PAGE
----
Pee-wee Herman grows up for a role opposite Johnny Depp in ''Blow'' and a guest spot on ''Ally McBeal''

By Liane Bonin
Updated April 16, 2001 at 04:00 AM EDT
Paul Reubens: Armando Gallo/Retna

In the ’80s, Pee-wee Herman, the geeky, bowtie wearing alter ego of actor Paul Reubens, was the coolest pseudo kid around. But after Reubens’ ’91 arrest for indecent exposure, the Herman character was shelved, and he turned to supporting parts in ”Batman Returns” (1992), the CBS series ”Murphy Brown,” and ”Mystery Men” (1999). This year the comic actor, 48, is not only climbing back into his Pee-wee suit for two new movies, he’s tackling a dramatic role as a drug dealing hairdresser in the Johnny Depp narco- saga ”Blow,” stopping by ”Ally McBeal” on April 30, and hosting an edgy ABC game show this summer called ”You Don’t Know Jack,” based on the CD-ROM game. sat down with Reubens to talk about what’s next, why Pee-wee’s going over to the dark side, and why he needed a break from the character that made him famous.

How tough was it to play such a bastard in ”Blow”?
He’s a pussy cat, isn’t he? But none of the characters in the movie seem evil to me. It was about having a good time and pursuing the American dream in whatever warped fashion. We didn’t know how dark the drug scene was going to get or how many people would be locked up in the so called drug wars, which in my opinion have been a failure. So I honestly don’t view him as a villain.

Your character is based on a real person. Did you get to meet him?
I met several people who knew him really well. His name was changed to avoid a lawsuit, but I’d say 90 percent of what you’re seeing is based on fact. I had the guy’s FBI dossier, and that was most illuminating. If I told you what was changed, I’d have to kill you.

You’ve kept a mighty low profile for the past few years. What, are too many creepily obsessive Pee-wee fans bugging you?
I’m not being coy, but I’m kind of a private person, and I’m always amazed to find that anyone wants to hear anything I say at all. I feel sort of uninteresting. But I’ve been very lucky that when people recognize me, they’re always nice about it. A lot of times I’ll think, maybe being recognized is going to be a concern if I go out to dinner, but then it doesn’t happen and I think, gee, no one recognized me.

You have two Pee-wee movies in the works, one for kids and one for grown-ups. Why return to Pee-wee after a decade?
I’ve been away from him for a long time now. I’m doing two back to back, and I’m not supposed to call one of them the adult Pee-wee or the dark Pee-wee movie anymore, since that’s sort of backfired and people are afraid of it. But the so called dark movie has a lot of ”Valley of the Dolls” to it, and the one for kids is completely crazy. It starts and ends in the Playhouse, and in between it’s all make believe land, a big adventure story. I’m about a quarter of the way through that script.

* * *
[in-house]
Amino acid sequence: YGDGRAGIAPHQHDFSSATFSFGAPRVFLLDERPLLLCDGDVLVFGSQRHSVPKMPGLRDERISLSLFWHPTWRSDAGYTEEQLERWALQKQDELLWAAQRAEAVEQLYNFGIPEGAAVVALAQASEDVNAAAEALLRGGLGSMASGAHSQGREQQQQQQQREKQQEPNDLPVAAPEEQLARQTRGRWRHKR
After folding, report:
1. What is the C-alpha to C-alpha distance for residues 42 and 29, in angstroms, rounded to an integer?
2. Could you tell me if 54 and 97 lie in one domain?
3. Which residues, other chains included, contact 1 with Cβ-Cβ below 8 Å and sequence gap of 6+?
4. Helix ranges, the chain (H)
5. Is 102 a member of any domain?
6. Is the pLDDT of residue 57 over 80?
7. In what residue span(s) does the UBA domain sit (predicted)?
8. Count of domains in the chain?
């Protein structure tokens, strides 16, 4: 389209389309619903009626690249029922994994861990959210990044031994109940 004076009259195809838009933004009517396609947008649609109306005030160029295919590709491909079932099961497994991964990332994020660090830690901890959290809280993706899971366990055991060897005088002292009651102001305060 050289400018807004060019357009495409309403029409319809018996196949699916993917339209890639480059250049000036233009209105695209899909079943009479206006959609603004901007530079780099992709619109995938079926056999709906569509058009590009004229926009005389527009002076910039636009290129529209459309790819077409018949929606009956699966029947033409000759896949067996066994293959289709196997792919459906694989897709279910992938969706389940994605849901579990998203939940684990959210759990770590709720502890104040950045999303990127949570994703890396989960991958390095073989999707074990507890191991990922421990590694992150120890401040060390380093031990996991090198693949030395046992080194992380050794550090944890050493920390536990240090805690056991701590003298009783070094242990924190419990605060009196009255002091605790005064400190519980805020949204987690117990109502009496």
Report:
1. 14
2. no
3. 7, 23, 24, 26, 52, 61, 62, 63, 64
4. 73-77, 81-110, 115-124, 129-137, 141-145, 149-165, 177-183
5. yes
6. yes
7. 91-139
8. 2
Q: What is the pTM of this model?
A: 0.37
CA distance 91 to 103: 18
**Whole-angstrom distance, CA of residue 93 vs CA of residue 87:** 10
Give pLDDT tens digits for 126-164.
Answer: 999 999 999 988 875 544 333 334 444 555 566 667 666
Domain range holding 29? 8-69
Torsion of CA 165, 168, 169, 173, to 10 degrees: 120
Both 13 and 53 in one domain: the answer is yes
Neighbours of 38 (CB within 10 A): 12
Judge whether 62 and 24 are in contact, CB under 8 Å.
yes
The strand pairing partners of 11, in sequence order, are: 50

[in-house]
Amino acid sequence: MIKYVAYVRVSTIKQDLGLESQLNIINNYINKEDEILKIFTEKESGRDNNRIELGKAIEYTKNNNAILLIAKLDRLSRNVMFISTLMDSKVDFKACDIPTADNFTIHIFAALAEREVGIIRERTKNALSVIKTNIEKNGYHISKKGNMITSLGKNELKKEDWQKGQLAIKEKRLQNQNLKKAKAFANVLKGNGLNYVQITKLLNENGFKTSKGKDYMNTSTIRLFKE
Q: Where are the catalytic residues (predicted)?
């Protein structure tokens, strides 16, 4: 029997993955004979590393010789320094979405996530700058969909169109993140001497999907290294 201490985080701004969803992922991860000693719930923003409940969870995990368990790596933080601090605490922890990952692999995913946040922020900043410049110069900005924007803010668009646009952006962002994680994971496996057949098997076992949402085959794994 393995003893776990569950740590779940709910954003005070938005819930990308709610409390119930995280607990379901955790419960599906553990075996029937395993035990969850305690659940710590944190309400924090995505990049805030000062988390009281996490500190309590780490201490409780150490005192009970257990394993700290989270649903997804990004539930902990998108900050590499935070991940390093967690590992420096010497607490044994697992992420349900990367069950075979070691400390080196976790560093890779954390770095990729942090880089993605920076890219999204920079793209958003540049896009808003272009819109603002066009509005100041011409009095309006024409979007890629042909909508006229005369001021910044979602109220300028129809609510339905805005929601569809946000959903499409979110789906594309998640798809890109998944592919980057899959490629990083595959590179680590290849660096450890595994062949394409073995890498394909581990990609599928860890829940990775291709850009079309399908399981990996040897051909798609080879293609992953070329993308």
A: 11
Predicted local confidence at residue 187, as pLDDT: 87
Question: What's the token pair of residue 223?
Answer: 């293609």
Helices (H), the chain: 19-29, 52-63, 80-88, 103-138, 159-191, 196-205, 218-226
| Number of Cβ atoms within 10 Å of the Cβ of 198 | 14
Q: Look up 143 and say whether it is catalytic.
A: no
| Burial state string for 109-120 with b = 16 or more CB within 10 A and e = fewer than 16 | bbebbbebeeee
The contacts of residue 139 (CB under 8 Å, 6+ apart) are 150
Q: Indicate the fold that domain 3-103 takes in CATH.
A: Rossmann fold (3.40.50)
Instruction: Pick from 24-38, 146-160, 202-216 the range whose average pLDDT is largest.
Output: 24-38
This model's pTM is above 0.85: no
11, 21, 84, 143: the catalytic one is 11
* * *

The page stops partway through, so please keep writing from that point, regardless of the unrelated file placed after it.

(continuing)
Why make two Pee-wee movies for two different audiences?
When I started writing the ”adult” one, everyone said to me, ”You’re writing a Pee-wee movie and kids aren’t going to be able to come to it?” I decided they were right and started writing a kids’ movie also. I don’t know which one will be made first, though. I’ve been in discussions with all the major studios, so we’ll see who’s most interested.

Any returning characters? Say, Cowboy Curtis?
I’ve written more than a little part for Laurence Fishburne, but I haven’t had a conversation about it with him because I want to give him the completed script. I want him to see what a great part it is, then talk to his kids and let them guilt trip him into it.

Do you think audiences are ready for Pee-wee, dark or otherwise?
I hope so, because ready or not, here I come.

In ”Blow,” you’re almost unrecognizable. How difficult is it otherwise for people to get past the Pee-wee persona?
I think the jury’s still out. I’ll have to see whether it works or not. In my case, I had something that was strongly identifiable and stuck in peoples’ minds, so that necessitated making a change unless that was the only thing I wanted to do. I do want to branch out, but I never thought, well, I’d better reinvent myself. It just sort of happened.

The arrest and the backlash that followed must have been tough to weather. How do you feel now about what happened?
It feels like people want to hear it’s been a really tough road, but it hasn’t been. I kind of chose to plug out during that period, so I don’t have a great perspective on it, and I don’t want to. But I have no regrets. I wouldn’t change a thing or do anything differently. I think everything is an opportunity for growth and development and clarity. I feel so blessed to have been successful to begin with. And now I’m getting the opportunity to do all these other things.

Such as?
On ”Ally McBeal,” I’m playing a man who’s married to Cheri Oteri [of ”Saturday Night Live”] and we’re in court with Sting, which is all I’m allowed to say. And I’m hosting ”You Don’t Know Jack” for ABC, which is a comedy game show where I get to make fun of the contestants. I’m this swinging kind of ’70s sort of British invasion, Gucci clad guy. I laugh when the contestants miss questions. I mean, you never see Regis laughing when a guy gets it wrong. But I have to be careful it doesn’t get nasty. We’ve only shot six episodes, but we’ve had a couple of people start to cry when they lose. The guy on the CD-ROM is mean, but I don’t want to be THAT mean.